In the study, professor Atif Ansar, an expert in China’s infrastructure development spending, stated that less than a third of China’s 65 highway and railway projects that he appraised were “genuinely economically productive.”

Apart from those national-scaled infrastructure projects that are financially unprofitable, scattered all over China’s mainland are public projects that could be considered a waste of money.

Infrastructure investment has become a hotbed for corruption. “Officials in the provincial transportation office, high and low, racked their brains for ways to get their claws into expressway projects,” read a CCP’s report in 2014. Corruption appears in every aspect of China in various forms.

Taking bribery by approving construction contracts: Chen Miangxian, a Hunan transportation official, collected $4.4 million in kickbacks in just two years for diverting contracts on eight expressway projects to appreciative companies in 2016. Believing bridges and expressways would bring prosperity to Hunan, Chan and other authorities quadrupled the province’s expressways from 872 miles in 2005 to 3,778 miles by the end of 2016. Not long after, Chen was charged with corruption. “Connections became a magic drug for scoring engineering contracts,” he said. Over 27 Hunan transportation officials have been deposed as a result of anti-corruption investigations from 2010 to 2016.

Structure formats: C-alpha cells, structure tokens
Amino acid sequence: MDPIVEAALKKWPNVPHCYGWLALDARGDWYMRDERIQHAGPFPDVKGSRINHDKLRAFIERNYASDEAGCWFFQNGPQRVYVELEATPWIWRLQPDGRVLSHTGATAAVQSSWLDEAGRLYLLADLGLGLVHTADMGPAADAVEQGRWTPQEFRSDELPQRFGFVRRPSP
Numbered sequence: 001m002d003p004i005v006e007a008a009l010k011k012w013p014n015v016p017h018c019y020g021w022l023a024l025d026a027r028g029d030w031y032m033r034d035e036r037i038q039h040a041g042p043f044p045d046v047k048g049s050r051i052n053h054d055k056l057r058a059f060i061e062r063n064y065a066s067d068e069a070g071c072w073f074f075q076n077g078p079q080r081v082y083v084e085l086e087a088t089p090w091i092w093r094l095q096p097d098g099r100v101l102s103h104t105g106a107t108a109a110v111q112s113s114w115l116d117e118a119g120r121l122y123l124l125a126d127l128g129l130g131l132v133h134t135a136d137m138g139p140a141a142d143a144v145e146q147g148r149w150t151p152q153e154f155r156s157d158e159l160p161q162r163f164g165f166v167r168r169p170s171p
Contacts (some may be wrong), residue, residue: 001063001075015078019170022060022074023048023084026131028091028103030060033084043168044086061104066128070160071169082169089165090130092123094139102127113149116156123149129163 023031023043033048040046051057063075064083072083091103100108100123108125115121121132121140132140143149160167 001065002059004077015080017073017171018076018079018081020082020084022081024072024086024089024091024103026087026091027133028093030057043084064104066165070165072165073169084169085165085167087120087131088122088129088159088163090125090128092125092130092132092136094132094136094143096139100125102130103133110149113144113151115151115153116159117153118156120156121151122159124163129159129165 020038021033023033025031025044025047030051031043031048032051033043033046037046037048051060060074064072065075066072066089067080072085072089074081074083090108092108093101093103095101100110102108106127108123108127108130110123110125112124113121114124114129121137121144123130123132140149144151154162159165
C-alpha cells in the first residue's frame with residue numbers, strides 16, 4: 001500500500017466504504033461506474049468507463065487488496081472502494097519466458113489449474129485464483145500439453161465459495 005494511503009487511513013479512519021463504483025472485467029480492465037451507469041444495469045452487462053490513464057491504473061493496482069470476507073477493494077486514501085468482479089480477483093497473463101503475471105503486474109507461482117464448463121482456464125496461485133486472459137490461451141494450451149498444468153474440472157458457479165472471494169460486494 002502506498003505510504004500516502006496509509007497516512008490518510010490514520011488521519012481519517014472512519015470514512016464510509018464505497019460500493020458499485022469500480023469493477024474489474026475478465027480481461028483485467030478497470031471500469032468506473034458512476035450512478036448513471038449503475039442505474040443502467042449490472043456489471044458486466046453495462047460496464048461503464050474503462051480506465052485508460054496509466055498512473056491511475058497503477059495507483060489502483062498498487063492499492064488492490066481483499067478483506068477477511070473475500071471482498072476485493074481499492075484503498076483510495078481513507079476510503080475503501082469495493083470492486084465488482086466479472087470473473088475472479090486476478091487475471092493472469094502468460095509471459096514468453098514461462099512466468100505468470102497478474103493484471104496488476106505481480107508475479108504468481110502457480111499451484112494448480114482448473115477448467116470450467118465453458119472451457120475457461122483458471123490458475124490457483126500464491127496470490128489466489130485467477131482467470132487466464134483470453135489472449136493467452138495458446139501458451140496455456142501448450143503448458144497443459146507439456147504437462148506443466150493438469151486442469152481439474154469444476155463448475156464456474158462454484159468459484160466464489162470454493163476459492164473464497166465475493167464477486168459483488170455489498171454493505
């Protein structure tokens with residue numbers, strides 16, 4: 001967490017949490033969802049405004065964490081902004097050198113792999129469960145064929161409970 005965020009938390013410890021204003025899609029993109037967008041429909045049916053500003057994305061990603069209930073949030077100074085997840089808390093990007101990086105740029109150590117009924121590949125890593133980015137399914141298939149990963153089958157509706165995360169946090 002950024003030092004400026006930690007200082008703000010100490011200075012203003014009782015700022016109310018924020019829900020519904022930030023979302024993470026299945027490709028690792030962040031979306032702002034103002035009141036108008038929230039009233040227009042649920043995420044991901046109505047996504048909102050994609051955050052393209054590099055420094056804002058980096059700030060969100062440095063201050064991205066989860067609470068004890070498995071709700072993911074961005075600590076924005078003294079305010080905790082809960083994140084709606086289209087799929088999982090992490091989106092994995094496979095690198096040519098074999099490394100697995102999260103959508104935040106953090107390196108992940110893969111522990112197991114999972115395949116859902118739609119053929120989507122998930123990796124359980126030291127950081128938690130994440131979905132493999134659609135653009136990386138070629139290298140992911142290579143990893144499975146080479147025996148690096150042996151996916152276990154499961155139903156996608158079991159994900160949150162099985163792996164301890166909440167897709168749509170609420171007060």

China’s signature “tofu dregs” projects directly result from local authorities’ replacing standard-quality building materials with bad ones. For example, during the construction of the Taixing Railway in Shaanxi Province, yellow mud appeared on the construction site after a light drizzle.

According to a construction contractor in Shanxi province, China Railway 12 Administration’s project manager Li Yousheng requested the workers to use loess soil to backfill the culverts. Unfortunately, the unstable loess soil was dug up directly from the road, which cost zero, while the qualified materials required dozens of yuan per ton.